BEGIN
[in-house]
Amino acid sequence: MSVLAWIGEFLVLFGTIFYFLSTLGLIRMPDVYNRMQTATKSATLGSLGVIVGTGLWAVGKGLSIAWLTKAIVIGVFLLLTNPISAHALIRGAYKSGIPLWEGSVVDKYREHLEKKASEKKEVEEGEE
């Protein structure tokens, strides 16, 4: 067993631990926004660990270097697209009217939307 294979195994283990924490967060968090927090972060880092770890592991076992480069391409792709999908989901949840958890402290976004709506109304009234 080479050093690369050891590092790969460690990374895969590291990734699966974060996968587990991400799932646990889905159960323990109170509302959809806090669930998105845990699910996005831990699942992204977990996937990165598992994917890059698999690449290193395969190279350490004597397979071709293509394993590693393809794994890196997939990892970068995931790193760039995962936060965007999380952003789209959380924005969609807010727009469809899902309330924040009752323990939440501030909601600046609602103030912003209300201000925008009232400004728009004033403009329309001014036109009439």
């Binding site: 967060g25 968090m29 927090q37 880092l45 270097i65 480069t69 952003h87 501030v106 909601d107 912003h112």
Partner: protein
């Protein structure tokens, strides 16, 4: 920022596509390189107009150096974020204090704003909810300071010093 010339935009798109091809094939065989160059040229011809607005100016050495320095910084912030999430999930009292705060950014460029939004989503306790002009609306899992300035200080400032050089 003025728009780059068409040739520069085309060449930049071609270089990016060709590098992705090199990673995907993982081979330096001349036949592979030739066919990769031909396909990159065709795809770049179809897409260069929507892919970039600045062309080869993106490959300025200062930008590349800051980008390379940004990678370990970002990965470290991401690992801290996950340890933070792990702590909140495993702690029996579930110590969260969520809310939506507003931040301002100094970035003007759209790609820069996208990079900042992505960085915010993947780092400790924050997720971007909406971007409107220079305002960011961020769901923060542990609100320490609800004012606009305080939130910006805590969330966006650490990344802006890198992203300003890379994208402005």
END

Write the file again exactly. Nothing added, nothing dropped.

[in-house]
Amino acid sequence: MSVLAWIGEFLVLFGTIFYFLSTLGLIRMPDVYNRMQTATKSATLGSLGVIVGTGLWAVGKGLSIAWLTKAIVIGVFLLLTNPISAHALIRGAYKSGIPLWEGSVVDKYREHLEKKASEKKEVEEGEE
């Protein structure tokens, strides 16, 4: 067993631990926004660990270097697209009217939307 294979195994283990924490967060968090927090972060880092770890592991076992480069391409792709999908989901949840958890402290976004709506109304009234 080479050093690369050891590092790969460690990374895969590291990734699966974060996968587990991400799932646990889905159960323990109170509302959809806090669930998105845990699910996005831990699942992204977990996937990165598992994917890059698999690449290193395969190279350490004597397979071709293509394993590693393809794994890196997939990892970068995931790193760039995962936060965007999380952003789209959380924005969609807010727009469809899902309330924040009752323990939440501030909601600046609602103030912003209300201000925008009232400004728009004033403009329309001014036109009439």
């Binding site: 967060g25 968090m29 927090q37 880092l45 270097i65 480069t69 952003h87 501030v106 909601d107 912003h112």
Partner: protein
């Protein structure tokens, strides 16, 4: 920022596509390189107009150096974020204090704003909810300071010093 010339935009798109091809094939065989160059040229011809607005100016050495320095910084912030999430999930009292705060950014460029939004989503306790002009609306899992300035200080400032050089 003025728009780059068409040739520069085309060449930049071609270089990016060709590098992705090199990673995907993982081979330096001349036949592979030739066919990769031909396909990159065709795809770049179809897409260069929507892919970039600045062309080869993106490959300025200062930008590349800051980008390379940004990678370990970002990965470290991401690992801290996950340890933070792990702590909140495993702690029996579930110590969260969520809310939506507003931040301002100094970035003007759209790609820069996208990079900042992505960085915010993947780092400790924050997720971007909406971007409107220079305002960011961020769901923060542990609100320490609800004012606009305080939130910006805590969330966006650490990344802006890198992203300003890379994208402005």